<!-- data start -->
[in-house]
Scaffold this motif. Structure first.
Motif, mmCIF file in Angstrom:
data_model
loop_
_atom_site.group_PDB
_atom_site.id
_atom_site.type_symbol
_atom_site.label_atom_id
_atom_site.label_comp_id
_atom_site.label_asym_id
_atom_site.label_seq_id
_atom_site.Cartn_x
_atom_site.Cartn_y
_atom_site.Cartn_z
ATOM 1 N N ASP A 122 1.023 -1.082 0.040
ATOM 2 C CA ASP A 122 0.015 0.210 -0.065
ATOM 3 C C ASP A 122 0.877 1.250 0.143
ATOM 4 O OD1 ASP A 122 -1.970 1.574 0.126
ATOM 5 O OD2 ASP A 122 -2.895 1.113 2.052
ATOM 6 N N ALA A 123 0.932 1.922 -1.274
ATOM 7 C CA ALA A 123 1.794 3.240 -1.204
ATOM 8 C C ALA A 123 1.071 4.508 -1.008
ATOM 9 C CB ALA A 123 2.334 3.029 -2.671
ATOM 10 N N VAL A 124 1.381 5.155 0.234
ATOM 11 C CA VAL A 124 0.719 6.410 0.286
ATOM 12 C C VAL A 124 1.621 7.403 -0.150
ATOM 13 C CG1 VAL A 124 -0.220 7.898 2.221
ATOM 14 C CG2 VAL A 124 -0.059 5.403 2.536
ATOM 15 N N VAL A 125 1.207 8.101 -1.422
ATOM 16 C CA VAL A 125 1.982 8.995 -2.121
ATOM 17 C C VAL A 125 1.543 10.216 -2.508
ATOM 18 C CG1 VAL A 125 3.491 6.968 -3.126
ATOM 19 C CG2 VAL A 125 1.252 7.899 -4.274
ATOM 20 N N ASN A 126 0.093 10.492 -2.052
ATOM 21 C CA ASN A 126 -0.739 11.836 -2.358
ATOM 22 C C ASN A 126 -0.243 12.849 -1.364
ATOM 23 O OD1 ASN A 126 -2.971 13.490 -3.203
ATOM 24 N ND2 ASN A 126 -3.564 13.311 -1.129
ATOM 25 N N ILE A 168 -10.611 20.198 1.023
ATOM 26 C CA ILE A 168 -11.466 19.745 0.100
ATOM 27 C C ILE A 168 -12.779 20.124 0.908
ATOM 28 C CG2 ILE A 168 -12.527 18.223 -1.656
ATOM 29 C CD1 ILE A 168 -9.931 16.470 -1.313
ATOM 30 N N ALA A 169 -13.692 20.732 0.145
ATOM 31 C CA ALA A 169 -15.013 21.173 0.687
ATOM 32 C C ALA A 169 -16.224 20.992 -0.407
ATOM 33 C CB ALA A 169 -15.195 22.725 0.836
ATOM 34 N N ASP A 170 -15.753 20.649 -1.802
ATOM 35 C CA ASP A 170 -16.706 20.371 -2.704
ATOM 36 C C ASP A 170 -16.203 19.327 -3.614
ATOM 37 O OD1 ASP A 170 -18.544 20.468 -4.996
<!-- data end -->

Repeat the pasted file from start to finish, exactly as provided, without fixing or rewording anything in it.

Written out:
[in-house]
Scaffold this motif. Structure first.
Motif, mmCIF file in Angstrom:
data_model
loop_
_atom_site.group_PDB
_atom_site.id
_atom_site.type_symbol
_atom_site.label_atom_id
_atom_site.label_comp_id
_atom_site.label_asym_id
_atom_site.label_seq_id
_atom_site.Cartn_x
_atom_site.Cartn_y
_atom_site.Cartn_z
ATOM 1 N N ASP A 122 1.023 -1.082 0.040
ATOM 2 C CA ASP A 122 0.015 0.210 -0.065
ATOM 3 C C ASP A 122 0.877 1.250 0.143
ATOM 4 O OD1 ASP A 122 -1.970 1.574 0.126
ATOM 5 O OD2 ASP A 122 -2.895 1.113 2.052
ATOM 6 N N ALA A 123 0.932 1.922 -1.274
ATOM 7 C CA ALA A 123 1.794 3.240 -1.204
ATOM 8 C C ALA A 123 1.071 4.508 -1.008
ATOM 9 C CB ALA A 123 2.334 3.029 -2.671
ATOM 10 N N VAL A 124 1.381 5.155 0.234
ATOM 11 C CA VAL A 124 0.719 6.410 0.286
ATOM 12 C C VAL A 124 1.621 7.403 -0.150
ATOM 13 C CG1 VAL A 124 -0.220 7.898 2.221
ATOM 14 C CG2 VAL A 124 -0.059 5.403 2.536
ATOM 15 N N VAL A 125 1.207 8.101 -1.422
ATOM 16 C CA VAL A 125 1.982 8.995 -2.121
ATOM 17 C C VAL A 125 1.543 10.216 -2.508
ATOM 18 C CG1 VAL A 125 3.491 6.968 -3.126
ATOM 19 C CG2 VAL A 125 1.252 7.899 -4.274
ATOM 20 N N ASN A 126 0.093 10.492 -2.052
ATOM 21 C CA ASN A 126 -0.739 11.836 -2.358
ATOM 22 C C ASN A 126 -0.243 12.849 -1.364
ATOM 23 O OD1 ASN A 126 -2.971 13.490 -3.203
ATOM 24 N ND2 ASN A 126 -3.564 13.311 -1.129
ATOM 25 N N ILE A 168 -10.611 20.198 1.023
ATOM 26 C CA ILE A 168 -11.466 19.745 0.100
ATOM 27 C C ILE A 168 -12.779 20.124 0.908
ATOM 28 C CG2 ILE A 168 -12.527 18.223 -1.656
ATOM 29 C CD1 ILE A 168 -9.931 16.470 -1.313
ATOM 30 N N ALA A 169 -13.692 20.732 0.145
ATOM 31 C CA ALA A 169 -15.013 21.173 0.687
ATOM 32 C C ALA A 169 -16.224 20.992 -0.407
ATOM 33 C CB ALA A 169 -15.195 22.725 0.836
ATOM 34 N N ASP A 170 -15.753 20.649 -1.802
ATOM 35 C CA ASP A 170 -16.706 20.371 -2.704
ATOM 36 C C ASP A 170 -16.203 19.327 -3.614
ATOM 37 O OD1 ASP A 170 -18.544 20.468 -4.996